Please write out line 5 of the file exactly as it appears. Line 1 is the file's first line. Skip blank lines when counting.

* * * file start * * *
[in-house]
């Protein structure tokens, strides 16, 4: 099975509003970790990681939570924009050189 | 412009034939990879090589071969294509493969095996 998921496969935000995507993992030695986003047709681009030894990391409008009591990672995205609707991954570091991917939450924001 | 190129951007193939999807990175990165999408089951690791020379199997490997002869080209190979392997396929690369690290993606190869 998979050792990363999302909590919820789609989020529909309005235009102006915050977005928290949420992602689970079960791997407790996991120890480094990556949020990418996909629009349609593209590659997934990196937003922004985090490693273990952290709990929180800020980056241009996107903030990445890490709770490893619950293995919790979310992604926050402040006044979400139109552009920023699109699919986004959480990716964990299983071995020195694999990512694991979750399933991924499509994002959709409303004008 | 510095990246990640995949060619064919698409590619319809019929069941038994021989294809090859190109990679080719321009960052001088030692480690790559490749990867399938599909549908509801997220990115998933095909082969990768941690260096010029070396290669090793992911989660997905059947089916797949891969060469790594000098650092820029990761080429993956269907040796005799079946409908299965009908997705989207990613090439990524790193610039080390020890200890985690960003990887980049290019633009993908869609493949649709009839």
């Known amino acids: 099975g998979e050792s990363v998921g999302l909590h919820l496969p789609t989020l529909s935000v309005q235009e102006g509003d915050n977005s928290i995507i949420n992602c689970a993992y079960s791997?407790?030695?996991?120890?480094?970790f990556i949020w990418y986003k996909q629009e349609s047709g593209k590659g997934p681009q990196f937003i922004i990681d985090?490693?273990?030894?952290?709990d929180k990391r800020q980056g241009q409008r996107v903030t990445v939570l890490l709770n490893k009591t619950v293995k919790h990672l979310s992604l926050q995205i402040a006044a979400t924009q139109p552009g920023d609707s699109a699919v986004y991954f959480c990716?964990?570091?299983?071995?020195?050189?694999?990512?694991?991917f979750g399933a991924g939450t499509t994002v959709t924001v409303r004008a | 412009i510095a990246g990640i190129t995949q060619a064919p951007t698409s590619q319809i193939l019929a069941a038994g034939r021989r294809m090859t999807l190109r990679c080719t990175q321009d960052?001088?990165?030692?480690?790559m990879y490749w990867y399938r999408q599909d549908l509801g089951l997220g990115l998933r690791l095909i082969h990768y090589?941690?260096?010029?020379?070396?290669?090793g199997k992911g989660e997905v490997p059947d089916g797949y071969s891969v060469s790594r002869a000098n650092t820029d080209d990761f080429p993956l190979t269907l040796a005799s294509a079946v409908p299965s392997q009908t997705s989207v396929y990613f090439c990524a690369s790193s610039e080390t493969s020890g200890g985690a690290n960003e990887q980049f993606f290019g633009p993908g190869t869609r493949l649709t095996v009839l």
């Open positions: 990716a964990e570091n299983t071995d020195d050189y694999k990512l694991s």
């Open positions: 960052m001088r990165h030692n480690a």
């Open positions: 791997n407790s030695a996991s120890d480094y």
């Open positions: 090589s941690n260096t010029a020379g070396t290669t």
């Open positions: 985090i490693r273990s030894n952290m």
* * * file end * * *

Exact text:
């Open positions: 960052m001088r990165h030692n480690a």